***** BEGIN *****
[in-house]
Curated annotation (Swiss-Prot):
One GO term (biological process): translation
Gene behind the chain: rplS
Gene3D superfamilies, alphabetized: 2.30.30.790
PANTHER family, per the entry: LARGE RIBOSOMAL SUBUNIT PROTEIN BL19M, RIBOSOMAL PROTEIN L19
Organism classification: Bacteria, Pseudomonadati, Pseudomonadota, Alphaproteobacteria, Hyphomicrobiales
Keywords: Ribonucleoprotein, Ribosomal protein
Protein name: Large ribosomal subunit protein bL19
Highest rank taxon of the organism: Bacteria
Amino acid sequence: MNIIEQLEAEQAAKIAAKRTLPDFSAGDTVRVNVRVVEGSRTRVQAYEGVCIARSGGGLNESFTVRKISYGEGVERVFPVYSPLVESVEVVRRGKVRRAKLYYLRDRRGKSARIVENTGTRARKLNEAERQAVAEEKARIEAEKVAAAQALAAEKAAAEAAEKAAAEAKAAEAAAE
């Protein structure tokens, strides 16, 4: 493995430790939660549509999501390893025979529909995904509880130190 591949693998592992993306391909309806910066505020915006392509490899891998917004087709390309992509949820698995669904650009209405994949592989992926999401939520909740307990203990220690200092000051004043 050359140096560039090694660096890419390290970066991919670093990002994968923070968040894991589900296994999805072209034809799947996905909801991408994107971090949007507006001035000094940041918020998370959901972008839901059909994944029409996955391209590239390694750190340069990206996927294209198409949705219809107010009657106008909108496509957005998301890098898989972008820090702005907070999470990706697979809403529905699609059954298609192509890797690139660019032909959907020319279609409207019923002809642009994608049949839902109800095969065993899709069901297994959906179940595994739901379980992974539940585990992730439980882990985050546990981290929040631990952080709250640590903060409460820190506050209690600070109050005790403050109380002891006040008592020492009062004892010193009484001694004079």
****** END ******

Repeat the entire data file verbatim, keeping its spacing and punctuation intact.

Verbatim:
[in-house]
Curated annotation (Swiss-Prot):
One GO term (biological process): translation
Gene behind the chain: rplS
Gene3D superfamilies, alphabetized: 2.30.30.790
PANTHER family, per the entry: LARGE RIBOSOMAL SUBUNIT PROTEIN BL19M, RIBOSOMAL PROTEIN L19
Organism classification: Bacteria, Pseudomonadati, Pseudomonadota, Alphaproteobacteria, Hyphomicrobiales
Keywords: Ribonucleoprotein, Ribosomal protein
Protein name: Large ribosomal subunit protein bL19
Highest rank taxon of the organism: Bacteria
Amino acid sequence: MNIIEQLEAEQAAKIAAKRTLPDFSAGDTVRVNVRVVEGSRTRVQAYEGVCIARSGGGLNESFTVRKISYGEGVERVFPVYSPLVESVEVVRRGKVRRAKLYYLRDRRGKSARIVENTGTRARKLNEAERQAVAEEKARIEAEKVAAAQALAAEKAAAEAAEKAAAEAKAAEAAAE
């Protein structure tokens, strides 16, 4: 493995430790939660549509999501390893025979529909995904509880130190 591949693998592992993306391909309806910066505020915006392509490899891998917004087709390309992509949820698995669904650009209405994949592989992926999401939520909740307990203990220690200092000051004043 050359140096560039090694660096890419390290970066991919670093990002994968923070968040894991589900296994999805072209034809799947996905909801991408994107971090949007507006001035000094940041918020998370959901972008839901059909994944029409996955391209590239390694750190340069990206996927294209198409949705219809107010009657106008909108496509957005998301890098898989972008820090702005907070999470990706697979809403529905699609059954298609192509890797690139660019032909959907020319279609409207019923002809642009994608049949839902109800095969065993899709069901297994959906179940595994739901379980992974539940585990992730439980882990985050546990981290929040631990952080709250640590903060409460820190506050209690600070109050005790403050109380002891006040008592020492009062004892010193009484001694004079």